Futurebound: As a kid I was obsessed with the trio of Micky Finn, Carl Cox & Sasha. Each one had special qualities. Micky Finn for dropping ultra fresh dubplates, Carl Cox for his energy in mixing and Sasha for his epic blending of records in key. I remember thinking I want to take a bit of each one of those qualities.
Do you remember your first albums?
MATRIX: Adamski, ‘Live and Direct’ on 12” vinyl of course. Such a classic album from the acid house rave era. A friend of my older brother played it to me and I was 100% hooked instantly. It was amongst the first proper dance music records that I discovered and opened my eyes to the whole world of underground electronic music.
Is there a way that growing up in London & Liverpool shaped how you each relate to music?
MATRIX: Yeah, you could say that. Ed Rush, Fierce, Trace, Nico, Dom & Roland, and of course my brother Matt, (aka Optical)…. all those guys were from my part of West London and we were all doing that early Neurofunk sound at the time. Being around that crew of people definitely shaped my sound in the beginning. There were also a few seminal club nights such as Blue Note and Speed that I used to go to all the time where you could hear whatever was at the cutting edge of Drum & Bass.
Futurebound: Luckily for me I cut my teeth in Clubland at one of the UK”s most legendary club nights ‘Quadrant Park’ in Liverpool. I went on the opening night and lived in that place every Thursday, Friday & Saturday, it was the best 12 months of my life. Andy Carrol, Mike Knowler & James Barton (Cream C.E.O) were the guys who broke all the new music in Liverpool in those days and I’m still yet to witness an atmosphere like it which says a lot considering I’ve been around the world many times DJ’ing.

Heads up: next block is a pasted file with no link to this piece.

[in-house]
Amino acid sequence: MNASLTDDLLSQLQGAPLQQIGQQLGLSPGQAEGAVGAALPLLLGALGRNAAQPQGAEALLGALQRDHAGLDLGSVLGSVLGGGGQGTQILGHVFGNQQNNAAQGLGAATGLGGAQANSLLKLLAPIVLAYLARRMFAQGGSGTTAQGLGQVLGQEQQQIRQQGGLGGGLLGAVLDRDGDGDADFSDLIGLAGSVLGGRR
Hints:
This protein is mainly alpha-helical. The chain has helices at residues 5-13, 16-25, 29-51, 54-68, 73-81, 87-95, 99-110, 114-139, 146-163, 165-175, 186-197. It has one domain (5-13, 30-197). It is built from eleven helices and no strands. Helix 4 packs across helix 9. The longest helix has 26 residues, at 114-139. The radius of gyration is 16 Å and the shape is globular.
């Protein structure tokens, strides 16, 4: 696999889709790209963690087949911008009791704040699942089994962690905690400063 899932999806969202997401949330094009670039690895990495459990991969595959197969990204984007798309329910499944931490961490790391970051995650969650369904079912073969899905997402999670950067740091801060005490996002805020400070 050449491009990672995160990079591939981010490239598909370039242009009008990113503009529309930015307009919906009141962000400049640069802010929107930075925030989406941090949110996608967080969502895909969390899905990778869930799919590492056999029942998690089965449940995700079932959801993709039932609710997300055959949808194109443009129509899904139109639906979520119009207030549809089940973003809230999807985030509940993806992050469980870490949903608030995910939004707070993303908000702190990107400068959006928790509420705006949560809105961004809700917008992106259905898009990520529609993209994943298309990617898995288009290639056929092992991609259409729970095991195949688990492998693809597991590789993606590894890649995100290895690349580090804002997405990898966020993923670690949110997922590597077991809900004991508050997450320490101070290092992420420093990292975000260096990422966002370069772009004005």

Being in the North of England meant I had to work that bit harder to break through in Drum & Bass, but I liked that. Who wants an easy path!
Has music helped connect you (to others, to places) in a global world?
Futurebound: Yeah massively, From Tokyo to Perth, London to L.A we’ve made so many great friendships in our time doing this as a career. We get a kick out of our music engaging with non D’n’B heads and opening their minds to this great genre, whether it be us DJing or our productions, it’s always great to bring new people over to D’n’B.
We’ve definitely formed a close connection with the Japanese & Australasian market over the years.
Do you play any musical instruments? Are there any instruments you wish you could play or want to learn to play?
MATRIX: I played violin and saxophone when I was a kid but I guess now my main instrument is the mouse!
Futurebound: I’d always loved music growing up but I never came from a musical family and didn’t play anything as a kid but as soon as I experienced club culture in the early ’90s it literally was life changing for me and my path in life was laid out overnight.
If your lives didn’t turn to music, what were your plan Bs ?
MATRIX: I’ve never really had a plan B but I do love cooking so probably something involving that.
Futurebound: I’m not sure about Matrix’s plan B here, he’s cooked for me once in 12 years of working together. It was rather good though I have to admit.
Re: my plan B I’m a one trick pony I know nothing other than music, but my dad’s a property surveyor so maybe I could see myself getting into that game if it came down to it.
You latest single, Light Us Up, makes us think of never-ending summers! Would you say that you have a signature sound or does each project have its own DNA?
MATRIX: I think every good producer has a signature sound even without consciously trying to do that. From your sonic style, to the types of melodies you write, there does tend to be a common thread. I guess our sound is epic, musical and energetic. We like our records to work in a club environment but also to work outside of that world too.